If you want hand figured optics you need to buy a premium Dob. There is some speculation about what SV might be referring to as hand figuring, but no one grinds refractor lenses by hand anymore. I am sure SV is hands on with optimizing the spacing and rotation of the lenses. These will supposedly be made to extremely high spec though, but they will also be quite expensive.

Scott
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#9 B 26354

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Posted 13 January 2020 - 02:39 PM

If you want hand figured optics you need to buy a premium Dob. There is some speculation about what SV might be referring to as hand figuring, but no one grinds refractor lenses by hand anymore. I am sure SV is hands on with optimizing the spacing and rotation of the lenses. These will supposedly be made to extremely high spec though, but they will also be quite expensive.

Scott

Stellarvue SVX080T-25SV Premier Apochromatic Triplet Refractor

 

https://www.stellarv...plet-refractor/

 

From the website's PRODUCT DESCRIPTION:

 

"SVX series optics are rated at .98 - .996 Strehl with excellent optical correction for aberrations commonly seen in mass produced optics. To attain this level of optical accuracy it is usually necessary for us to go beyond machine polishing. Special tools are made and experienced opticians hand figure objectives here in our optical shop in Auburn California."



#10 Jim Cauthen

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Posted 13 January 2020 - 04:37 PM

I love my SV70T / SFFR-70APO combo. For me, its a lifetime keeper. Problem is, they are now out of production, and production of its replacement -- the hand-figured SVX070T -- is "predicted" for March of this year.

 

https://www.stellarv...plet-refractor/

 

Built to extraordinarily-high standards in the USA, hand-figured optics, and the best customer service. If I were you, I'd pre-order it directly from Stellarvue today. No matter how long you have to wait for it, you'll be happy that you did.

 

On the other hand, there is a used SV70T on Astromart:

 

https://astromart.co...e-sv70t-sn-0076

Thanks for the backing of this scope, it does look like a great fit into what i'm looking for. Highpoint has it listed as a package deal with the field flattener for a fair price, so I may lean that way, but I'll also research the upcoming model too.

 

 

If you want hand figured optics you need to buy a premium Dob. There is some speculation about what SV might be referring to as hand figuring, but no one grinds refractor lenses by hand anymore. I am sure SV is hands on with optimizing the spacing and rotation of the lenses. These will supposedly be made to extremely high spec though, but they will also be quite expensive.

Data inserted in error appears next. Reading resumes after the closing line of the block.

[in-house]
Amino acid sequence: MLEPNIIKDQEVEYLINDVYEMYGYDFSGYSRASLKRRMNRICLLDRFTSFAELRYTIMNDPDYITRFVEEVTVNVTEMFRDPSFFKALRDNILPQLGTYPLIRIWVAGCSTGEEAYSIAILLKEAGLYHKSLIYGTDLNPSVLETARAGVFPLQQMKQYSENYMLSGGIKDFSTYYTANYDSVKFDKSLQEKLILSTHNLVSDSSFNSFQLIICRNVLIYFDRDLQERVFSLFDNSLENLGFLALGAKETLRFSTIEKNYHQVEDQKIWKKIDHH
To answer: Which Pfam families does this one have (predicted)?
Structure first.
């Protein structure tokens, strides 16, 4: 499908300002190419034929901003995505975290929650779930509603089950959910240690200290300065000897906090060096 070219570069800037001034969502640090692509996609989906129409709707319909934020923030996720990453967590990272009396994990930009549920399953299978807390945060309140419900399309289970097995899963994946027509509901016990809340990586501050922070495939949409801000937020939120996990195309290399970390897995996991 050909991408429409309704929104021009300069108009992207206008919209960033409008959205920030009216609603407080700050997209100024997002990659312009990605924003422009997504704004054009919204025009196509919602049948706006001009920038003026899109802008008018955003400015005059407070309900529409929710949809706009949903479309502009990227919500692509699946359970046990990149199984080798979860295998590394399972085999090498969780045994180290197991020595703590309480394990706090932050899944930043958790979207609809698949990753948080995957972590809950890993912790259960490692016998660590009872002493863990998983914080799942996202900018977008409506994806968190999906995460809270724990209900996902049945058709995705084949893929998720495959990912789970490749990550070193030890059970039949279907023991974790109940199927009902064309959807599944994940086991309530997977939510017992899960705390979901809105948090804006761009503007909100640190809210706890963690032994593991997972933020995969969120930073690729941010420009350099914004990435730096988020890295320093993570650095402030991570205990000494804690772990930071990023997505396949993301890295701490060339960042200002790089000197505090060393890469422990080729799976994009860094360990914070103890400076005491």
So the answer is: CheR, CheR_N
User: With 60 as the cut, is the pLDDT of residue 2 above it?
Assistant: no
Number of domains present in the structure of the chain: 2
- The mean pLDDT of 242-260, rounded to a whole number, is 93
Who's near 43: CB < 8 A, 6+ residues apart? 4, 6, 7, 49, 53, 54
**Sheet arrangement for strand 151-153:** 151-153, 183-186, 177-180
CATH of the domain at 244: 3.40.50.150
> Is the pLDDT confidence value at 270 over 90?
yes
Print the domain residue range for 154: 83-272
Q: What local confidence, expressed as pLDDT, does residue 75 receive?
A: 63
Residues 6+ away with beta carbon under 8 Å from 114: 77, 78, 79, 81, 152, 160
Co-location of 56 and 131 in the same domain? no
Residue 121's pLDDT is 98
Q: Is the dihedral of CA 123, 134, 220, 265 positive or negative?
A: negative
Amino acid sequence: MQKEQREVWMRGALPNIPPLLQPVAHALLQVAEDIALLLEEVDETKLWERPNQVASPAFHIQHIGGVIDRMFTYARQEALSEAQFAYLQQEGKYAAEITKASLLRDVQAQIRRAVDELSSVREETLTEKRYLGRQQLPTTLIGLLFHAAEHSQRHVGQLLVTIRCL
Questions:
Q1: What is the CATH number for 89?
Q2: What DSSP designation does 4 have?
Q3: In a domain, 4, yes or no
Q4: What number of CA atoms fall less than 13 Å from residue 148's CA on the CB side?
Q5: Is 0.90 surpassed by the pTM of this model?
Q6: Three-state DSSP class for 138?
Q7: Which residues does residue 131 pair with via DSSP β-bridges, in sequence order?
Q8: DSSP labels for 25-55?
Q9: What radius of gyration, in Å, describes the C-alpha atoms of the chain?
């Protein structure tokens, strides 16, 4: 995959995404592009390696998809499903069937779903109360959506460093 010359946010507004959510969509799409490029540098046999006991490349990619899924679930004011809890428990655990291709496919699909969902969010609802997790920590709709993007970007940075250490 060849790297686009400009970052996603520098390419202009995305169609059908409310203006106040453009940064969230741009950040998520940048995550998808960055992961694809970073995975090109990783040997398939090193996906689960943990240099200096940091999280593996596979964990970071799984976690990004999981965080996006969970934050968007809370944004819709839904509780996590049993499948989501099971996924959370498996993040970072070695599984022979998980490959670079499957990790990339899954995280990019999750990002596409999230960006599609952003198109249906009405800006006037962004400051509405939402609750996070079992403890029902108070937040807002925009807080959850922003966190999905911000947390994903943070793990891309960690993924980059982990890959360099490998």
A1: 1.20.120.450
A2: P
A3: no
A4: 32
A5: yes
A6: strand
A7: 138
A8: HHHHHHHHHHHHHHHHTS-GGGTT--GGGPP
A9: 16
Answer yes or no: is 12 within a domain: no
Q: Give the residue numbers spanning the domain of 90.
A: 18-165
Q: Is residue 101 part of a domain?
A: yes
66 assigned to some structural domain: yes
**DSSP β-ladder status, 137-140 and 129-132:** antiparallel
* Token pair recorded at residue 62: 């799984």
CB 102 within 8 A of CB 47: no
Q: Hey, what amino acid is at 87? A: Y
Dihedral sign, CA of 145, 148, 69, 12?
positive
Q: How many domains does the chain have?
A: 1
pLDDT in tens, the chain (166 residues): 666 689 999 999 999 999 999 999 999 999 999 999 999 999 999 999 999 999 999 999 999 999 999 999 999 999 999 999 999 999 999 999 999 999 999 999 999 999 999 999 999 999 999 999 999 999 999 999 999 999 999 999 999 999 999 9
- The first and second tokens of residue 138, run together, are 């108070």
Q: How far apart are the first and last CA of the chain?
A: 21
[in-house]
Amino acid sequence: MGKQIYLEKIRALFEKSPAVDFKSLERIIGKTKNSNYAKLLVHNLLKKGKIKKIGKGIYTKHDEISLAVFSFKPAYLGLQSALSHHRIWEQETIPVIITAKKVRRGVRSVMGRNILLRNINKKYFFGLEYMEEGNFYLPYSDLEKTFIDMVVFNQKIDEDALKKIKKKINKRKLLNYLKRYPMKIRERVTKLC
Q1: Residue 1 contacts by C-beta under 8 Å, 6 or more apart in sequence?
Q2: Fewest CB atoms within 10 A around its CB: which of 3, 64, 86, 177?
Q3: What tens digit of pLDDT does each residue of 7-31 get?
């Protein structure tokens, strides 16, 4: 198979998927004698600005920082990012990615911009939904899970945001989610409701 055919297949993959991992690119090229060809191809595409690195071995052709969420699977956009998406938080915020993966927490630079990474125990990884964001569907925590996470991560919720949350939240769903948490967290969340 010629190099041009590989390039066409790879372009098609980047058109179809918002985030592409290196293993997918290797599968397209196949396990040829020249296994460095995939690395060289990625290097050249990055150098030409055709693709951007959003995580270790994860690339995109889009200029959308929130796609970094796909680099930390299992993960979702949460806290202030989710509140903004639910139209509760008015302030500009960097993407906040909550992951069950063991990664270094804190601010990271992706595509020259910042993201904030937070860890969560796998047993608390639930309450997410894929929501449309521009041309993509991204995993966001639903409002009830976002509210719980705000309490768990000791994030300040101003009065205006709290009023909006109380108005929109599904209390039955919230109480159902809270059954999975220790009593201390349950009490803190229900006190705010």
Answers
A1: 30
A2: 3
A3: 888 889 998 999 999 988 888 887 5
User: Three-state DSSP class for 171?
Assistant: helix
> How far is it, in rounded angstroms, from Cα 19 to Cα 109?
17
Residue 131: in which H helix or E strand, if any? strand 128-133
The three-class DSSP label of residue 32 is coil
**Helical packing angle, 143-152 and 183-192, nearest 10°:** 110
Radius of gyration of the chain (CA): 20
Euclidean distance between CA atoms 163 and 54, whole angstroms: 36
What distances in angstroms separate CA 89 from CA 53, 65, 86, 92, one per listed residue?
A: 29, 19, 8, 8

Scott

if I were sticking with visual use, I'd consider a DOB again, but for astrophotography the dob just isn't truly built to meet what I'm looking for in this particular case. The 'hand figuring' isn't something I've looked at as a major selling piont more as the company reputation and user reviews - a scope can look great on paper but be not-so-great in the hands of one of us, so I'm lean on the user experiences a lot more than the flashy adds.
 



#11 SonnyE

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Posted 13 January 2020 - 05:13 PM

Back when I was gearing up, I picked my target, then picked my telescope to take me there.

It was funny, I started looking at Celeston's big 47" long X 6" refractor, but wound up down at my 80 mm ED80T CF. (I do my research before I buy.)

I like to think in ways of use. So the ED80T CF gives me the sky at night, and distant subjects during the day. wink.gif  (different camera)

 

Widefield wise, if I hang my DSLR on it, I get great big widefield views. But hang my Atik Infinity on it and grab many of the smaller  Nebula's I wanted to target. So in my experiences, get a photographic quality telescope, ED Triplet or Quadruplet.

Then the sensor used determines the FOV you'll have to work with.

For example: I can get a tiny Ring Nebula with my DSLR, but a nice big Ring Nebula with Astro Camera's.

So there's my 2 cents from the shade tree...


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#12 B 26354

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Posted 13 January 2020 - 06:23 PM

Highpoint has it listed as a package deal with the field flattener for a fair price, so I may lean that way, but I'll also research the upcoming model too.

 

You also said that in your post #5... but I searched their site, and couldn't find it. Do you have a link?